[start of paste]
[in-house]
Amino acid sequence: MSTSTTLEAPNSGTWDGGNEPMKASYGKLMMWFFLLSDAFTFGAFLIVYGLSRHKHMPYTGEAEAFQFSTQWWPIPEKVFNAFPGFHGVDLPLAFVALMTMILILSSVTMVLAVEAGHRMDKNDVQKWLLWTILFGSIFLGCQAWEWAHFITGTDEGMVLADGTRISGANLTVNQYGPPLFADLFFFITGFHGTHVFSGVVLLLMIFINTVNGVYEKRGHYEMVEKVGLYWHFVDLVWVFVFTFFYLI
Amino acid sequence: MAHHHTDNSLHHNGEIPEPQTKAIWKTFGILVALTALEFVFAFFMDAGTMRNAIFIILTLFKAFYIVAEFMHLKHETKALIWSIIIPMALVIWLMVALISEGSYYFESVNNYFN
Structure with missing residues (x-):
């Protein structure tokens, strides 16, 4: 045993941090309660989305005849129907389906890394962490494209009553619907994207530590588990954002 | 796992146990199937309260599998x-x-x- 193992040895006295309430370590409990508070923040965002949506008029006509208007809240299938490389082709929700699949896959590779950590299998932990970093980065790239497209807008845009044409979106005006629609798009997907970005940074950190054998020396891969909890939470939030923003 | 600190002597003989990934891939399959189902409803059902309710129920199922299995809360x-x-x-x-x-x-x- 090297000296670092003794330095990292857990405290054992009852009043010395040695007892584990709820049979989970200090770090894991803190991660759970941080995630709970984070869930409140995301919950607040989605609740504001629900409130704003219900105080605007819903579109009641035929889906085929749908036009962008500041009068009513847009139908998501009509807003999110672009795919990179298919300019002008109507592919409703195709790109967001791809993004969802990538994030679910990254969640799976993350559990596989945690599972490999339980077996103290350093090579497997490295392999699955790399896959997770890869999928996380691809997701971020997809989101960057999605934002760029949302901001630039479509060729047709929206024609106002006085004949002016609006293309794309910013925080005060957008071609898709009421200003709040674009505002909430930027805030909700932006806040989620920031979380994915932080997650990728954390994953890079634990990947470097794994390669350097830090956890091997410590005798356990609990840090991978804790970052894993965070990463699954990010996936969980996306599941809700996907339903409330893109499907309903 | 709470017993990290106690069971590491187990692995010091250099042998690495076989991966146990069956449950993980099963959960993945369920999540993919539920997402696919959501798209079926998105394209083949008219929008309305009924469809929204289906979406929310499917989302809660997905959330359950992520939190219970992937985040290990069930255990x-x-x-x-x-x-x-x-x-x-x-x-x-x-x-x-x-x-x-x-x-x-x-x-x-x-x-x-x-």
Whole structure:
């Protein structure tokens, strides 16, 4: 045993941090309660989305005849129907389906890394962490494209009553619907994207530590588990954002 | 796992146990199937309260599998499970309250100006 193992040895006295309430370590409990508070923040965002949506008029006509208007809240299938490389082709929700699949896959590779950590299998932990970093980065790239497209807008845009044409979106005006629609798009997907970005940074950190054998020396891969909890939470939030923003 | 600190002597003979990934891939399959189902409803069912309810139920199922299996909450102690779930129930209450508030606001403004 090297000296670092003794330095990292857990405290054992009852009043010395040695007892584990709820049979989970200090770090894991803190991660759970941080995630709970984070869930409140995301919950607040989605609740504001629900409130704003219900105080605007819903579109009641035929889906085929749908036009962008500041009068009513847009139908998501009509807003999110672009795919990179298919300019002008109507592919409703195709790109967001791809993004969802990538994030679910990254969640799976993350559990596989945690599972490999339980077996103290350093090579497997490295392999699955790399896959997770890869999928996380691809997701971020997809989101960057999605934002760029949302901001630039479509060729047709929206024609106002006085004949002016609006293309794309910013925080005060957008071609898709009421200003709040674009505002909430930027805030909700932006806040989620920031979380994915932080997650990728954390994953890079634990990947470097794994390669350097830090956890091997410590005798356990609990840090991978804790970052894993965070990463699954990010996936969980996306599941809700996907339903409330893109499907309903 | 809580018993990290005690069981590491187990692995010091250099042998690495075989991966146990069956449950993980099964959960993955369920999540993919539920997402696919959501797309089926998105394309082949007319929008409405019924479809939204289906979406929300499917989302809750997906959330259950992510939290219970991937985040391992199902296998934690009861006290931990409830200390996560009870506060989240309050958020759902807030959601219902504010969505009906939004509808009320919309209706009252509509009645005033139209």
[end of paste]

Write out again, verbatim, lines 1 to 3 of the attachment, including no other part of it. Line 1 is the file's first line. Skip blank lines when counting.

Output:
[in-house]
Amino acid sequence: MSTSTTLEAPNSGTWDGGNEPMKASYGKLMMWFFLLSDAFTFGAFLIVYGLSRHKHMPYTGEAEAFQFSTQWWPIPEKVFNAFPGFHGVDLPLAFVALMTMILILSSVTMVLAVEAGHRMDKNDVQKWLLWTILFGSIFLGCQAWEWAHFITGTDEGMVLADGTRISGANLTVNQYGPPLFADLFFFITGFHGTHVFSGVVLLLMIFINTVNGVYEKRGHYEMVEKVGLYWHFVDLVWVFVFTFFYLI
Amino acid sequence: MAHHHTDNSLHHNGEIPEPQTKAIWKTFGILVALTALEFVFAFFMDAGTMRNAIFIILTLFKAFYIVAEFMHLKHETKALIWSIIIPMALVIWLMVALISEGSYYFESVNNYFN